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Thank you for your thoughtful reply. I'm glad things worked out for your son at the Waldorf. We tried having my DH take DS to his preschool, too -- worked somewhat better, although the worst tears just took place at home instead of at school (where he cried, too, when dad dropped him off). Things were going a little better when we took a month off, as a family, to travel to another city to adopt his baby sister, and then winter holidays kicked in. When we tried to have him go back to school in January, it was like starting from square one. And by then he had developed some kind of phobia about public "nudity" -- which meant he would not take his shoes off at school (that kept him from participating in certain activities) and he would not use the bathroom there, either. He wet his pants and teacher forced his wet things off -- totally, totally traumatic. It was all completely over the top for him, and though we tried to let him "get back on the horse" another day or two, we then called off the whole experiment. What a nightmare!

It's been so nice having my little (big) bean back at home with me. So nice, in fact, that I'm thinking about homeschooling him as of 2005, when he'd be old enough for Kindergarten. But we'll try a preschool co-op in September (a place that is okay with parents being around), and I've made my peace with totally going at his pace and dropping out again if he doesn't like it.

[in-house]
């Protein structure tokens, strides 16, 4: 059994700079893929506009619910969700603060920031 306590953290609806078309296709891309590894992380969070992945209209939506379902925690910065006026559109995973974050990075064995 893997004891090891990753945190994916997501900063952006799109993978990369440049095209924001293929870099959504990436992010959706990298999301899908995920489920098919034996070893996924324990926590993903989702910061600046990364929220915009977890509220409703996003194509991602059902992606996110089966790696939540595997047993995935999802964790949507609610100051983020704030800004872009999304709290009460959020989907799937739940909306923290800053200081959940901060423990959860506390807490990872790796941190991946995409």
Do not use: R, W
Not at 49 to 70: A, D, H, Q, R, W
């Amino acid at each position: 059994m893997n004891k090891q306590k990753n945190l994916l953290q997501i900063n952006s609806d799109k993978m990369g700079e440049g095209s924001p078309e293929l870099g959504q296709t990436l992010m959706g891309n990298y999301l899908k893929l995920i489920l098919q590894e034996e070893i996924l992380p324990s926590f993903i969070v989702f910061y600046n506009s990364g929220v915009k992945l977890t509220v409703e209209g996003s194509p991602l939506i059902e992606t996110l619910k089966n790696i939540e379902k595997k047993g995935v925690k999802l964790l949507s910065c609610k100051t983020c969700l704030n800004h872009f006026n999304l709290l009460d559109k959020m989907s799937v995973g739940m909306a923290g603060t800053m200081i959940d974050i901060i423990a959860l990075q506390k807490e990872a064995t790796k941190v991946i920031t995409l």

I like what you said about intuition being heart + head. My heart says let him go at his pace. My head says . . . I'm not sure what my head says. I think it says that homeschool could be a fabulous experience for our entire family as long as I find a way to get enough time for myself. But my intellect (and heart) aren't immune to the judgements of others, and it's hard listening to the neighbors, the folks at church school, etc. implying that I'm dysfunctional for not kicking DS out of the nest.
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T. Elena: It sounds like you are taking steps in the right direction, Which of course is foreward- doing Something, trying this or that and having faith it will work out--- because IT DOES

The thing that sticks us the hardest a lot is those "well-meaning" (ha
) folks who think they know whats best for you and your child. Everyone has an opinion and if they can get you to believe theirs is best it validates them and what they've done. The reason I think so much of this goes on is mostly because NONE of us REALLY KNOW! This is the biggest mystery and the Largest section in book stores these days---- Parenting, childhood, How- to- raise the smartest most together kid, Blah blah blah.